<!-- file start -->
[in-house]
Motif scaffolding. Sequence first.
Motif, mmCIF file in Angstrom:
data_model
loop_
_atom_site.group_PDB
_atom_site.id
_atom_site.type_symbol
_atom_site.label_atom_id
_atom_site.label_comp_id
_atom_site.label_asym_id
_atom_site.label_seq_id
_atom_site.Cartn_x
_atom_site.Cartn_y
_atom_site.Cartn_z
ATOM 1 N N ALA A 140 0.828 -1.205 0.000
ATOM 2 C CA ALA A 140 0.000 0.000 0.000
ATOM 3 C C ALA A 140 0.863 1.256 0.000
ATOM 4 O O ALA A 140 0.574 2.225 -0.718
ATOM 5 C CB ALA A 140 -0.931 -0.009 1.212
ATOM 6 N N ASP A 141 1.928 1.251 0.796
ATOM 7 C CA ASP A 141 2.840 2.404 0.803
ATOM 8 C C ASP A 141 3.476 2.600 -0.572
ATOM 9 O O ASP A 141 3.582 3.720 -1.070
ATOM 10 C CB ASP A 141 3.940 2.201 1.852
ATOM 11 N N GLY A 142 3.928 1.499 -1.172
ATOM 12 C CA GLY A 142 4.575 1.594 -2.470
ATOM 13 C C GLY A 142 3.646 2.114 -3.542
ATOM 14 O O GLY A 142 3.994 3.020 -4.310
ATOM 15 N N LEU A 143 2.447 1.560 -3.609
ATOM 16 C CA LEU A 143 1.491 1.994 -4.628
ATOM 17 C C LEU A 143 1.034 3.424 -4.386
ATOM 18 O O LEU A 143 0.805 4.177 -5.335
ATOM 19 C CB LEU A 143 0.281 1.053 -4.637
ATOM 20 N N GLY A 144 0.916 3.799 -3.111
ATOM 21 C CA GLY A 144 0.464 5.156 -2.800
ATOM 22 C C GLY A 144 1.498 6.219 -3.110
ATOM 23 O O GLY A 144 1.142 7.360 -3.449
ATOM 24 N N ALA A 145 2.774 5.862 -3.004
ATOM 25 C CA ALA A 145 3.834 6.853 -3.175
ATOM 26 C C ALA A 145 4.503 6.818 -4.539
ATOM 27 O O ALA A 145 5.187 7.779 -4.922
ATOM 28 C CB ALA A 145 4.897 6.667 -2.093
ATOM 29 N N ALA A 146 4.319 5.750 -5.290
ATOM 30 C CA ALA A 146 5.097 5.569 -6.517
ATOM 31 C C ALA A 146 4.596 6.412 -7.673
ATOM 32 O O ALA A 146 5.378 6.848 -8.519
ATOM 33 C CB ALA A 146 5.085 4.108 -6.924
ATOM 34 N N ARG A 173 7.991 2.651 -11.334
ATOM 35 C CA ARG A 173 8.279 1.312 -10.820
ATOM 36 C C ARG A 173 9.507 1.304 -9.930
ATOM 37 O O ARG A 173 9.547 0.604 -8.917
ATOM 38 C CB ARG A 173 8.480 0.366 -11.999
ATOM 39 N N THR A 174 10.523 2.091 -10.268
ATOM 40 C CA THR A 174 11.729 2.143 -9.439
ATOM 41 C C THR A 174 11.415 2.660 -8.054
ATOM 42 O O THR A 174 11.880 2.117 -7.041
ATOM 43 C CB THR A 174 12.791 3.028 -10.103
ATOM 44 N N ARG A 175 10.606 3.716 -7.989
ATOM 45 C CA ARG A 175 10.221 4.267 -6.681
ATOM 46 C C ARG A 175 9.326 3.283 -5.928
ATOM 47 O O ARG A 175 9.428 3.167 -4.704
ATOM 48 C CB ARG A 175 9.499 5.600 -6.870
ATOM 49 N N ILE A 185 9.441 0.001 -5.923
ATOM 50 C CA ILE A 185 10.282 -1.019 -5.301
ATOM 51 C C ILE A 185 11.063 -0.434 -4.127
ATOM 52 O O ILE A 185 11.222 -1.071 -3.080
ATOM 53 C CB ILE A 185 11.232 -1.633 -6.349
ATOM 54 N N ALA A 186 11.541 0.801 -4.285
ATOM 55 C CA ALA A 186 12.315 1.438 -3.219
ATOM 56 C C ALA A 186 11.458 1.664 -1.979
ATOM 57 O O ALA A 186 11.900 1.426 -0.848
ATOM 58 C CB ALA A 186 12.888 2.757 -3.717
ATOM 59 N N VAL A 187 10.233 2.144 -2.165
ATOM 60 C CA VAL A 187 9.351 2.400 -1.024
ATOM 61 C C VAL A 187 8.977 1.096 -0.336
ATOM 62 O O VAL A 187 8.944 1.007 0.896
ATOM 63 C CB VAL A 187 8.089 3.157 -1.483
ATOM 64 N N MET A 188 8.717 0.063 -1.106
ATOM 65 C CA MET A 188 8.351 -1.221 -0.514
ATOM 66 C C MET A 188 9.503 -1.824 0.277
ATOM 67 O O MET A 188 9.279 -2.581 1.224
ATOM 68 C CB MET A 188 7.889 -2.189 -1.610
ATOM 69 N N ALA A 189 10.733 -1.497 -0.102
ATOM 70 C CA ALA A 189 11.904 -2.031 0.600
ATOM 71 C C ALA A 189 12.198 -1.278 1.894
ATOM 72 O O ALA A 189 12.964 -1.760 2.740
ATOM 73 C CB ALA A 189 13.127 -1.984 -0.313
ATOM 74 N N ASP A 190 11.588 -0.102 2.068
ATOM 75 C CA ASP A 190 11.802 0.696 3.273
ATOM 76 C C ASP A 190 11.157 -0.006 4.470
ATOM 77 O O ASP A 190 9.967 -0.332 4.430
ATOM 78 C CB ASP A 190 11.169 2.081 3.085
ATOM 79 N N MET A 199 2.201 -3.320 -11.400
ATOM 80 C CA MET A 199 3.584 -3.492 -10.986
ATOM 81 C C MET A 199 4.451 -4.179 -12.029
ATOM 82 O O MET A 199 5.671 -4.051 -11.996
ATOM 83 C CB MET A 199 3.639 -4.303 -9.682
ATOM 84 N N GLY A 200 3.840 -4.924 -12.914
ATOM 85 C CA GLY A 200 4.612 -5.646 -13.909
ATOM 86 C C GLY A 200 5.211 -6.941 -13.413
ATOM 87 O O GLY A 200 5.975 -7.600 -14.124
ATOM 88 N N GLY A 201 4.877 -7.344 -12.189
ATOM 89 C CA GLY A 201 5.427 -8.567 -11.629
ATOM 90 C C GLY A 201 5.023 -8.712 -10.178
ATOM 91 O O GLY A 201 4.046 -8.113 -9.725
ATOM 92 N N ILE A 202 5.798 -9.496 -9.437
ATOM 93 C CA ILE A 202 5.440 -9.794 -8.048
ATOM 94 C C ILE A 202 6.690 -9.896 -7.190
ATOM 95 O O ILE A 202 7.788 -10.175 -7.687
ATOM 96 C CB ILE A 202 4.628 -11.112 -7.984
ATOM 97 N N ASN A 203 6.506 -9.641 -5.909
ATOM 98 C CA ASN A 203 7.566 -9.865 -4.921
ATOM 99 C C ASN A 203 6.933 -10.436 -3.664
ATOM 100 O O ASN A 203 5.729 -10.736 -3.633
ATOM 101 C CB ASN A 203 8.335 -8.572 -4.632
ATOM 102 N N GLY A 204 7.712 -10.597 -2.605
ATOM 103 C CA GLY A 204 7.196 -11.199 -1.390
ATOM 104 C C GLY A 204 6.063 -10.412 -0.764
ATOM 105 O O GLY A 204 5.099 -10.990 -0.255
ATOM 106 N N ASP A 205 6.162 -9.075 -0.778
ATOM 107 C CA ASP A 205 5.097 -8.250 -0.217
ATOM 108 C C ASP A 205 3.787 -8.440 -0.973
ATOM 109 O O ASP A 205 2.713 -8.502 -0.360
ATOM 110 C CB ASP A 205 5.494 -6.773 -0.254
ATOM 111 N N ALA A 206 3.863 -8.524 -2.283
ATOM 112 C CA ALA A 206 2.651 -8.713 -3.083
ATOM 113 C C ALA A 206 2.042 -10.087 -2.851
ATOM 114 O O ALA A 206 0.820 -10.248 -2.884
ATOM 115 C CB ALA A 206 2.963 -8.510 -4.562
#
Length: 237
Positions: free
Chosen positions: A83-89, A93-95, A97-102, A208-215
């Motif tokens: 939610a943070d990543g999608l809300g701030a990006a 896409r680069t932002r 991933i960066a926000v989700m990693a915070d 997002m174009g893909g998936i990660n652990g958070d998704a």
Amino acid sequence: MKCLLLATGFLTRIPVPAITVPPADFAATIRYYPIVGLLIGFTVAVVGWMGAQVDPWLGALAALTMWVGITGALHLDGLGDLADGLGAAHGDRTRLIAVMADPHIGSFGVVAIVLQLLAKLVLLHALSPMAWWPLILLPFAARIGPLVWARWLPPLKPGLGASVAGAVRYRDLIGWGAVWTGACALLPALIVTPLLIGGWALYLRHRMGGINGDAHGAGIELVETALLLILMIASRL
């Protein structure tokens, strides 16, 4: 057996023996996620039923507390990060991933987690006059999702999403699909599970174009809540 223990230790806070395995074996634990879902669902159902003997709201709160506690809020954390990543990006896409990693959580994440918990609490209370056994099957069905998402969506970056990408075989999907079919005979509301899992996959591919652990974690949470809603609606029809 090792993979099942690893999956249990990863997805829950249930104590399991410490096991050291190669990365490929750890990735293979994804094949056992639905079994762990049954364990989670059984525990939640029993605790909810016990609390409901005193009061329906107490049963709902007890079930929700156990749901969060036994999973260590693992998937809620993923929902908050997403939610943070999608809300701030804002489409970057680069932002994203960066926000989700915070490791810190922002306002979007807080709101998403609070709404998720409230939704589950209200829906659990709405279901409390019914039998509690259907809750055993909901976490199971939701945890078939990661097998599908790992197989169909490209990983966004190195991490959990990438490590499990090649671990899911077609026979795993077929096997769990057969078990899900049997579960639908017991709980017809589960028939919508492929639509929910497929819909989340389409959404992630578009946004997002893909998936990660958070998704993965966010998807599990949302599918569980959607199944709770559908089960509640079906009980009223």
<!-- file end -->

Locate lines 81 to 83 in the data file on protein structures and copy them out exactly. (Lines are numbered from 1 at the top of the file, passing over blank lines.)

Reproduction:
ATOM 66 C C MET A 188 9.503 -1.824 0.277
ATOM 67 O O MET A 188 9.279 -2.581 1.224
ATOM 68 C CB MET A 188 7.889 -2.189 -1.610